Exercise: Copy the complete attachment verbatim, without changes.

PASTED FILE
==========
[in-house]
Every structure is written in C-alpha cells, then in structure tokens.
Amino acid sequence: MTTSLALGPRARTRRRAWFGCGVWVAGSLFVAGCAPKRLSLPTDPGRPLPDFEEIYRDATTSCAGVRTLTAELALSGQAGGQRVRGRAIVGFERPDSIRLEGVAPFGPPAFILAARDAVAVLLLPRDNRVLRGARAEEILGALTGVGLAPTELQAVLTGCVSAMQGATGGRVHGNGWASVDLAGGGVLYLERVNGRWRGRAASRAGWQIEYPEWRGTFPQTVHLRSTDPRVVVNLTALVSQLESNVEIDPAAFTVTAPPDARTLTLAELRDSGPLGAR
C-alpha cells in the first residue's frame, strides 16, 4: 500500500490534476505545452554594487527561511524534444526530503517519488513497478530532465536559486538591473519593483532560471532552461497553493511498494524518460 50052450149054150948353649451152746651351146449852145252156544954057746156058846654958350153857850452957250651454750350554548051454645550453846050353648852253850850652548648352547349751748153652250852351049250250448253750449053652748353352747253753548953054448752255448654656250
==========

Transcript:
[in-house]
Every structure is written in C-alpha cells, then in structure tokens.
Amino acid sequence: MTTSLALGPRARTRRRAWFGCGVWVAGSLFVAGCAPKRLSLPTDPGRPLPDFEEIYRDATTSCAGVRTLTAELALSGQAGGQRVRGRAIVGFERPDSIRLEGVAPFGPPAFILAARDAVAVLLLPRDNRVLRGARAEEILGALTGVGLAPTELQAVLTGCVSAMQGATGGRVHGNGWASVDLAGGGVLYLERVNGRWRGRAASRAGWQIEYPEWRGTFPQTVHLRSTDPRVVVNLTALVSQLESNVEIDPAAFTVTAPPDARTLTLAELRDSGPLGAR
C-alpha cells in the first residue's frame, strides 16, 4: 500500500490534476505545452554594487527561511524534444526530503517519488513497478530532465536559486538591473519593483532560471532552461497553493511498494524518460 50052450149054150948353649451152746651351146449852145252156544954057746156058846654958350153857850452957250651454750350554548051454645550453846050353648852253850850652548648352547349751748153652250852351049250250448253750449053652748353352747253753548953054448752255448654656250